Trampling Threatens Helliwell’s Endangered Caterpillars
By Chris Junck, Taylor’s Checkerspot Butterfly Recovery Project Team
Life for endangered Taylor’s checkerspot butterfly caterpillars is a risky endeavour. If the caterpillars manage to find safe places in the fall to overwinter in their dormant (diapause) larvae form, they emerge in February or early March and need to quickly find enough nutritious plants to eat. In Helliwell Provincial Park, they’ll search for speedwell, plantain, harsh paintbrush, blue-eyed Mary, or a few other suitable species. Hopefully, they won’t encounter severe weather, predators or parasites before they emerge as adult butterflies in late April to mid-May.
The odds aren’t in their favour, so this critically at-risk species needs help from humans to survive. Nearly 800 Taylor’s checkerspot caterpillars reared under the care of Wildlife Preservation Canada staff, in collaboration with the Vancouver Zoo, were released in Helliwell Provincial Park last March. In follow-up surveys there were 74 confirmed sightings of Taylor’s checkerspot butterflies over 20 days, but some of those individuals may have been tallied more than once. There may have been more adults in the area than those that were counted, but the number of caterpillars that became adult butterflies was likely low.
Although there are several natural causes of butterfly mortality, there are things that people can do to help increase their chances for survival, such as planting pollinator friendly gardens and watching where they step. According to BC Parks conservation specialist Erica McClaren, “Trampling is one of the greatest threats to the caterpillars and their food plants.” Park visitors and their pets can help reduce this risk by staying on the marked meadow trails delineated by ropes and restoration area signs. Erica also emphasizes that park regulations stipulate that dogs must be on a leash and bikes aren’t allowed in Helliwell. She also encourages the public to report Taylor’s checkerspot sightings to butterfly sightings to Taylors.Checkerspot@gov.bc.ca, or by using the free iNaturalist app. It’s an easy to use species identification tool that enables citizen scientists to record and contribute important species data for projects around the globe.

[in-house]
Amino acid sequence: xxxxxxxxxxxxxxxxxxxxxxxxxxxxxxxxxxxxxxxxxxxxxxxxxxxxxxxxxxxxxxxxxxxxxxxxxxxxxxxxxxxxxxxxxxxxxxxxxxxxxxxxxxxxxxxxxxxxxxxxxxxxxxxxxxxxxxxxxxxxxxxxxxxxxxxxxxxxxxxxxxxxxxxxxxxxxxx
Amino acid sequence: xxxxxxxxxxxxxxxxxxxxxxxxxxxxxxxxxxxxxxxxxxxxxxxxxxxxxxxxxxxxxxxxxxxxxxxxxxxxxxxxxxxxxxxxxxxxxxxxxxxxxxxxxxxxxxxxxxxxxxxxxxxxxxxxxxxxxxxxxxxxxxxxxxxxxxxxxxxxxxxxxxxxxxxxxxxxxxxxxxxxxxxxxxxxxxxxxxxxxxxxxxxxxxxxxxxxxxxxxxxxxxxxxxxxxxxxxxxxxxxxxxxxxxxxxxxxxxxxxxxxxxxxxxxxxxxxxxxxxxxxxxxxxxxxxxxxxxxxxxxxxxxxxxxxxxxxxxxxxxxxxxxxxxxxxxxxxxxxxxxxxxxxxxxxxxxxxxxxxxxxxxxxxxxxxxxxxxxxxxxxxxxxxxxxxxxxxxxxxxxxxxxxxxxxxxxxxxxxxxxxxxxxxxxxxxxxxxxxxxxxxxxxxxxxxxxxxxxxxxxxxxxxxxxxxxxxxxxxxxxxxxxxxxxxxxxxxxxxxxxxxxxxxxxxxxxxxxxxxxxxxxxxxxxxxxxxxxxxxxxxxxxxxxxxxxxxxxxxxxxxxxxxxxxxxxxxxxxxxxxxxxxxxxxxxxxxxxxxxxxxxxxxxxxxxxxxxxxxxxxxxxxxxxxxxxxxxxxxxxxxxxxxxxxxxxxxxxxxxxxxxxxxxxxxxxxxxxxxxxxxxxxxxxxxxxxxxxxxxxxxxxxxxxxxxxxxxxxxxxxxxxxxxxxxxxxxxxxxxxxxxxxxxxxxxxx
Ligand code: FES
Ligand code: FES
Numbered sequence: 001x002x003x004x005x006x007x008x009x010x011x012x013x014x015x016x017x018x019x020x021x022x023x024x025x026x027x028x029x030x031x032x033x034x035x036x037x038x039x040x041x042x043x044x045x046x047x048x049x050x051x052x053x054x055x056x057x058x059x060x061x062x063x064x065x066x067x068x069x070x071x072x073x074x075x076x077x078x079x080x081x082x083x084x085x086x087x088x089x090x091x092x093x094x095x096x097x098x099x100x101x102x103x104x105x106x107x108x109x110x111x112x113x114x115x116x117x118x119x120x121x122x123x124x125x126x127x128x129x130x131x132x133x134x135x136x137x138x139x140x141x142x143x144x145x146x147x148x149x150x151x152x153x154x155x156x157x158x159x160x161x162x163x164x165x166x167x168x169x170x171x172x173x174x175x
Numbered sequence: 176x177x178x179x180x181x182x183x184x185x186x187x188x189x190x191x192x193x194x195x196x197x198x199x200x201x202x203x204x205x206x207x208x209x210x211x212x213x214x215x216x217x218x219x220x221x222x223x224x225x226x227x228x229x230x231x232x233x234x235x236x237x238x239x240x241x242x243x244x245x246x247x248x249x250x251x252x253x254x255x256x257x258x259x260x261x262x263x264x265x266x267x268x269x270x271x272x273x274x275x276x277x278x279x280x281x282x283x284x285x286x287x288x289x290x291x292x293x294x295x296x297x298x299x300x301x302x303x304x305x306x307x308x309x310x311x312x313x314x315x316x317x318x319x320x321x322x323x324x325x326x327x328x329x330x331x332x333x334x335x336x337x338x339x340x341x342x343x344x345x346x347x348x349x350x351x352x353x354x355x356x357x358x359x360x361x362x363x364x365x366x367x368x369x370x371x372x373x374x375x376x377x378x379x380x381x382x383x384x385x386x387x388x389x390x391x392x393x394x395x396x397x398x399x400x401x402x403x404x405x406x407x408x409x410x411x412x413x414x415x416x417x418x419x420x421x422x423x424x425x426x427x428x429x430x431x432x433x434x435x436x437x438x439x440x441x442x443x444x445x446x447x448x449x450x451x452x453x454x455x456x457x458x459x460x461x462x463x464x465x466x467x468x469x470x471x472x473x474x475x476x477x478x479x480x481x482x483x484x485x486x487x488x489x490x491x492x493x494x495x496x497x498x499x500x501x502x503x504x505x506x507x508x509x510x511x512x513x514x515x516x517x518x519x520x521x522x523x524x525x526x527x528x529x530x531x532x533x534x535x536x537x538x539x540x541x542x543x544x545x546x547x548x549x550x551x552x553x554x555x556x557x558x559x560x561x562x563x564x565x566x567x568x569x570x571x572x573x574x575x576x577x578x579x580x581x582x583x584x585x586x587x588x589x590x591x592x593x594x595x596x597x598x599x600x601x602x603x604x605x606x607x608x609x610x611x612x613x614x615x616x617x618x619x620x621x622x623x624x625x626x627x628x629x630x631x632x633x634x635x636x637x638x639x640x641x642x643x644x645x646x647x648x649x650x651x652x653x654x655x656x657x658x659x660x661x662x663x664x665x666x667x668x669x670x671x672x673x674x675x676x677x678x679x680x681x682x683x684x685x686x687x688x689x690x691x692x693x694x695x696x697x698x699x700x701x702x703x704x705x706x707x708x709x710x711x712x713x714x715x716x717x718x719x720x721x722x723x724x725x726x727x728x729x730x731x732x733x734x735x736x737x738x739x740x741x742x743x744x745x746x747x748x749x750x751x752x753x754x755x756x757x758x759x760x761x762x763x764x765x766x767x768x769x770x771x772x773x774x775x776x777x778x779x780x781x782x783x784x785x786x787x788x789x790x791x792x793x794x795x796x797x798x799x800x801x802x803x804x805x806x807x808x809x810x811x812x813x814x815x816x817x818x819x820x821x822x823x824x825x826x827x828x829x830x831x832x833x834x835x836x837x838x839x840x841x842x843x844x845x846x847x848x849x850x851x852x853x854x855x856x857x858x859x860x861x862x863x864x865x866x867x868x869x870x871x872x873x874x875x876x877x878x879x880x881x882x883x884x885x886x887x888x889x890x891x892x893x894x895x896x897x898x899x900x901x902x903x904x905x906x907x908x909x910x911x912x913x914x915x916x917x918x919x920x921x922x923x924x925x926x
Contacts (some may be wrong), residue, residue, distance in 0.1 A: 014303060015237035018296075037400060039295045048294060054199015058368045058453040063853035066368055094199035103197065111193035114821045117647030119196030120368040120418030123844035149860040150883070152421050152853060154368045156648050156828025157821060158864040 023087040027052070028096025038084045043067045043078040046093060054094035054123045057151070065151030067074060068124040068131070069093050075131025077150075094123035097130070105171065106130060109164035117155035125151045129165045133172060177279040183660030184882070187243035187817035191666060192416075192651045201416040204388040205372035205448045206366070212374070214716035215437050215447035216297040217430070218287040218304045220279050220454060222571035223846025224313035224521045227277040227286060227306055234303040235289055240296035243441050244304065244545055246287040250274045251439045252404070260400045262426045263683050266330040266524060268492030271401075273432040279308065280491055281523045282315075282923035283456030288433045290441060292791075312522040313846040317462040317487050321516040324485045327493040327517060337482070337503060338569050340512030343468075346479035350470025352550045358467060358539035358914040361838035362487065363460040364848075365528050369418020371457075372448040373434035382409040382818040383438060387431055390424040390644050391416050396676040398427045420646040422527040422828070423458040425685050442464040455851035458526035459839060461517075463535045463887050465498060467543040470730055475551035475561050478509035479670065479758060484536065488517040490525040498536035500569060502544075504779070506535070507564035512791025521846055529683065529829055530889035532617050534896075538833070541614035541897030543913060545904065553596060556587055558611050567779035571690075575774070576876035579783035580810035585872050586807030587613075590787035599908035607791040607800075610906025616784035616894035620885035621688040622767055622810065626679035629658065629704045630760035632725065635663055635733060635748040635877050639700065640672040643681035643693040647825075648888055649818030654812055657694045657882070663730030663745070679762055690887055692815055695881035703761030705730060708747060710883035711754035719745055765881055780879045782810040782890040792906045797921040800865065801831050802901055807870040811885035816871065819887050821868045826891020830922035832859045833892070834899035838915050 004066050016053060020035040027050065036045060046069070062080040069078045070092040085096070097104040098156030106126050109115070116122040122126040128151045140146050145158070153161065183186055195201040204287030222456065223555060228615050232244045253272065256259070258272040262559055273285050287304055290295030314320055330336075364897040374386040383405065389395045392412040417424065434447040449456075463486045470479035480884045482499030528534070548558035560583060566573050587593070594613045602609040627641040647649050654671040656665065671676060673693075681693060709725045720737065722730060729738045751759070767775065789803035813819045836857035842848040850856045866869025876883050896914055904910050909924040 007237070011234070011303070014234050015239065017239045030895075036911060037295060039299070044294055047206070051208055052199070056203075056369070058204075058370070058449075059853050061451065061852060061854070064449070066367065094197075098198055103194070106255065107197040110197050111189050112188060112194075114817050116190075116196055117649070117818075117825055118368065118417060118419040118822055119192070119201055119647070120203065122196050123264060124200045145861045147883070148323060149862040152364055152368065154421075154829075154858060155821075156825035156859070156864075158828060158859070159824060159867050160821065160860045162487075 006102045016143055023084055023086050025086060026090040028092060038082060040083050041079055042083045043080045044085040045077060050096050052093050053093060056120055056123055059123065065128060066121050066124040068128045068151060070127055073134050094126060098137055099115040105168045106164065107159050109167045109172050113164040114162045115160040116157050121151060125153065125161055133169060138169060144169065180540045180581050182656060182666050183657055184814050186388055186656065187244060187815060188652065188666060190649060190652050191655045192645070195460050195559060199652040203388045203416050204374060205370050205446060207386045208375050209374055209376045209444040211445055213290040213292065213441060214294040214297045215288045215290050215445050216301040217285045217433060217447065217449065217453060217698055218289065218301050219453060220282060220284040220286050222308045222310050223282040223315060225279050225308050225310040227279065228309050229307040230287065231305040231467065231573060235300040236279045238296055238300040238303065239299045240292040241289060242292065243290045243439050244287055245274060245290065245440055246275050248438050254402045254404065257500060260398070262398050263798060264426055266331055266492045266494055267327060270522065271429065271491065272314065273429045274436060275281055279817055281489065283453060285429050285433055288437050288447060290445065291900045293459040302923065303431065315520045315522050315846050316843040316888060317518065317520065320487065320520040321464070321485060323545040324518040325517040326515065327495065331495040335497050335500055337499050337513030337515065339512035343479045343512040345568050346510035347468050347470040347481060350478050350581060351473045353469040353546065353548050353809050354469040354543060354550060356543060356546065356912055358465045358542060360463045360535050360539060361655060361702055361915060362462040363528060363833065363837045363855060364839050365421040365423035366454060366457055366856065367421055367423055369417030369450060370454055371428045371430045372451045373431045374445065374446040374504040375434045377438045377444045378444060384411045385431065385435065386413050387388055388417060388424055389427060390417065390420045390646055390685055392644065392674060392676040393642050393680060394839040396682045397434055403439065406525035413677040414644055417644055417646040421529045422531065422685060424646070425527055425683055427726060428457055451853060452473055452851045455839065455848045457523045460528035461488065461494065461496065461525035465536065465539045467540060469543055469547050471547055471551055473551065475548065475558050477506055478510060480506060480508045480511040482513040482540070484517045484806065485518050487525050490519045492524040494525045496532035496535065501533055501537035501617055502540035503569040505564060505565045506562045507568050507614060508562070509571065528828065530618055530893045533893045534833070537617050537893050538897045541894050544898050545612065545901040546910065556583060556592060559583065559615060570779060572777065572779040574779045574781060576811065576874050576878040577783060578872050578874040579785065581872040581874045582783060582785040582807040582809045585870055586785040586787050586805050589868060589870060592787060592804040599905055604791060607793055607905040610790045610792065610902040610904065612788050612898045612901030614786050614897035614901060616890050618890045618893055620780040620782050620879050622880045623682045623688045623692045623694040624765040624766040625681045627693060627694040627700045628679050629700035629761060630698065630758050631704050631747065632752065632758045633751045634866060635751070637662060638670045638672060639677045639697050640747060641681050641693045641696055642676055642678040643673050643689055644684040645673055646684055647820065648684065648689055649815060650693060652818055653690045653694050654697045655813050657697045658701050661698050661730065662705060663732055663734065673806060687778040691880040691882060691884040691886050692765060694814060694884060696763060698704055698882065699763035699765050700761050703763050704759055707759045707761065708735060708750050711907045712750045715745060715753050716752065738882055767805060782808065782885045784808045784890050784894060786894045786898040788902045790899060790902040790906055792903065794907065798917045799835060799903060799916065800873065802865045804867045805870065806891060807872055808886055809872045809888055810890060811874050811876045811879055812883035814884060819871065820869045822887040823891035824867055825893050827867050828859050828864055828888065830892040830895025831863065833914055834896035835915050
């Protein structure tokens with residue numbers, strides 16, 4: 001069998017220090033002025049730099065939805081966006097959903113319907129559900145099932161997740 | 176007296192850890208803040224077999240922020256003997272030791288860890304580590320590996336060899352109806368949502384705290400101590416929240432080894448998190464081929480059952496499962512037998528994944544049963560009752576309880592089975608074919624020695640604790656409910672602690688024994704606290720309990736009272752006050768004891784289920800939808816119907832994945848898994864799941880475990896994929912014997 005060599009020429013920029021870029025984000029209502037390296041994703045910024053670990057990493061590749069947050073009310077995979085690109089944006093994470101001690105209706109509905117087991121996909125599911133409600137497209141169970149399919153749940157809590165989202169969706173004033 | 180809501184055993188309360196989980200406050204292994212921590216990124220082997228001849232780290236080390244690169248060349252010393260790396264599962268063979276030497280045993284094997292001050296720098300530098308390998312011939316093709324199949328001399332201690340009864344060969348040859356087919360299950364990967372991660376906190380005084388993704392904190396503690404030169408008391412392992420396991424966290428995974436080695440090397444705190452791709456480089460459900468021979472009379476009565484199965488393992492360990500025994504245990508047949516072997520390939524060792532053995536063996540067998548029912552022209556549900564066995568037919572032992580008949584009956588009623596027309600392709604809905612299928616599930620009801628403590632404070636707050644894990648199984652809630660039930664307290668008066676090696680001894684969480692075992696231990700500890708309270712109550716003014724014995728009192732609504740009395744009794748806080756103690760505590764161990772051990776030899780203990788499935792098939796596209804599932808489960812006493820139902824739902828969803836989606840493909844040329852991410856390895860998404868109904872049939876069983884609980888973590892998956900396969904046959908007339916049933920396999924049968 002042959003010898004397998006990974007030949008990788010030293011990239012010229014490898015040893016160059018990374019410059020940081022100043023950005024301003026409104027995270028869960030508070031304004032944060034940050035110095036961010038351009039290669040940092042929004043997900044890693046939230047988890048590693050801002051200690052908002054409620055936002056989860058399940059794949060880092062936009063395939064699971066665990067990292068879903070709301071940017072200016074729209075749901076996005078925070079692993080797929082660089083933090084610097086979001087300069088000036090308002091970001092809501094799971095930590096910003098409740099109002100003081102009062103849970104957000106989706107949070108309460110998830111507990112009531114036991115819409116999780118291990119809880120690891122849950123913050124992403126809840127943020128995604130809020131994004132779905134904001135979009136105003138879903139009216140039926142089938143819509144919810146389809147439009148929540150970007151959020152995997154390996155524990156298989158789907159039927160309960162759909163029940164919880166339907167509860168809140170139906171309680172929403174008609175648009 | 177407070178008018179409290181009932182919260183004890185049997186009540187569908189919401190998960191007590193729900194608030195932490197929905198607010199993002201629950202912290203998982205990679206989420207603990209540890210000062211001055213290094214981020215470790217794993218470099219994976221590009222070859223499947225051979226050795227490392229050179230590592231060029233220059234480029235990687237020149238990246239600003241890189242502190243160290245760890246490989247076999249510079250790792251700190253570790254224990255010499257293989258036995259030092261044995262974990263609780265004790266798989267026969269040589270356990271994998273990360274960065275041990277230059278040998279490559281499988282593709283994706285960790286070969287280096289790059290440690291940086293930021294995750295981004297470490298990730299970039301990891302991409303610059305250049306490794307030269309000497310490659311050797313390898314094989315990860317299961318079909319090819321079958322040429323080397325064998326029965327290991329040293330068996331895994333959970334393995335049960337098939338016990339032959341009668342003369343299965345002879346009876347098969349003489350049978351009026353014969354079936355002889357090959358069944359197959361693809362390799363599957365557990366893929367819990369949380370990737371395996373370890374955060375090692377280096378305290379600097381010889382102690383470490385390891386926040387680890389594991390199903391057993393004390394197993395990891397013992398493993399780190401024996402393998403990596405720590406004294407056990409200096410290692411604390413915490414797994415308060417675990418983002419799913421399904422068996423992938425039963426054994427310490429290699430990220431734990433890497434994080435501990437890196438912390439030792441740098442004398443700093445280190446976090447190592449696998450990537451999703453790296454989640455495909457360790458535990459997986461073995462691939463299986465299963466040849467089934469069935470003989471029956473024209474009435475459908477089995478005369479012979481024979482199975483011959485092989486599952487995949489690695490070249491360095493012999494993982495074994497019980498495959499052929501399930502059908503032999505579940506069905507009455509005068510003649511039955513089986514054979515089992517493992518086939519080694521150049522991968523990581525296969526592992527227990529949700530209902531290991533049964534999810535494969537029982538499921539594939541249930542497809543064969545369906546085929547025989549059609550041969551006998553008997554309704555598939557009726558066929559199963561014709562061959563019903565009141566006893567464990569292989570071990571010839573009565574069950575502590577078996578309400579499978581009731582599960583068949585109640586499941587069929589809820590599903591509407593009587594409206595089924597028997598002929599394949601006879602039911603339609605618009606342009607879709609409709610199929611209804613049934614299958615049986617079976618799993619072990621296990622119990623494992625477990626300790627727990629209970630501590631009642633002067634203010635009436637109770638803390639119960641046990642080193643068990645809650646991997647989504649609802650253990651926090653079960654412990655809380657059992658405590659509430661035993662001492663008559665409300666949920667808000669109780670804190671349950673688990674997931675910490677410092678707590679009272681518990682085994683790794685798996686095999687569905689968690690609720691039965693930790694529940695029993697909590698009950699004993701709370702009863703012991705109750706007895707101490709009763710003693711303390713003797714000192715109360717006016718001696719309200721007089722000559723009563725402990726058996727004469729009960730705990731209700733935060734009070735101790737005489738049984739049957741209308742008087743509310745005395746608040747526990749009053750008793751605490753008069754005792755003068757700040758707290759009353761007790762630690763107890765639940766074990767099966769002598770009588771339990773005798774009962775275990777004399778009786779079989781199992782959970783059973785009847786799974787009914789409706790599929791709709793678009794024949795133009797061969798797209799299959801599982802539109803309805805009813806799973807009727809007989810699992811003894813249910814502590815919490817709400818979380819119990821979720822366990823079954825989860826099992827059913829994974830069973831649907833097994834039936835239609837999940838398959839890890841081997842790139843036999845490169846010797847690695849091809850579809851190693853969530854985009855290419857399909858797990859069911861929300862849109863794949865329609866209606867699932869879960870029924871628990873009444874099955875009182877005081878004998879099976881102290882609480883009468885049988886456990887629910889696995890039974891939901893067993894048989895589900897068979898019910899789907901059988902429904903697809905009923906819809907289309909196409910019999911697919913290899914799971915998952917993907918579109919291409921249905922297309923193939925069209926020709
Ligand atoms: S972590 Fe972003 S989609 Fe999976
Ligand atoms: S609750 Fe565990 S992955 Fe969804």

If all goes well, the Taylor’s Checkerspot Butterfly Recovery Project Team will release more caterpillars into Helliwell Provincial Park this March. The recovery initiative also includes extensive habitat restoration in the park, such as selective tree and invasive plant removal, and adding native plants and seeds. Although focused on Taylor’s checkerspot, several other rare coastal bluff ecosystem species will benefit from this project including dun skipper butterflies and about a dozen other range-restricted butterflies, western bumble bee, many native plants, bats, western screech-owl and numerous other birds.
The Taylor’s Checkerspot Butterfly Recovery Project Team includes representatives from BC Parks, Denman Conservancy Association, Garry Oak Ecosystems Recovery Team, Mosaic Forests, Wildlife Preservation Canada, Greater Vancouver Zoo, consultants, and others. There has also been a lot of local assistance from Helliwell Park neighbours in High Salal Ranch Strata, volunteers, Conservancy Hornby Island, the Hornby Island Natural History Centre, and Hornby Island Provincial Parks Committee.
The recovery project has benefited from funding generated by the BC Parks License Plate Program, the Environment Canada Habitat Stewardship Fund and the Habitat Conservation Trust Foundation.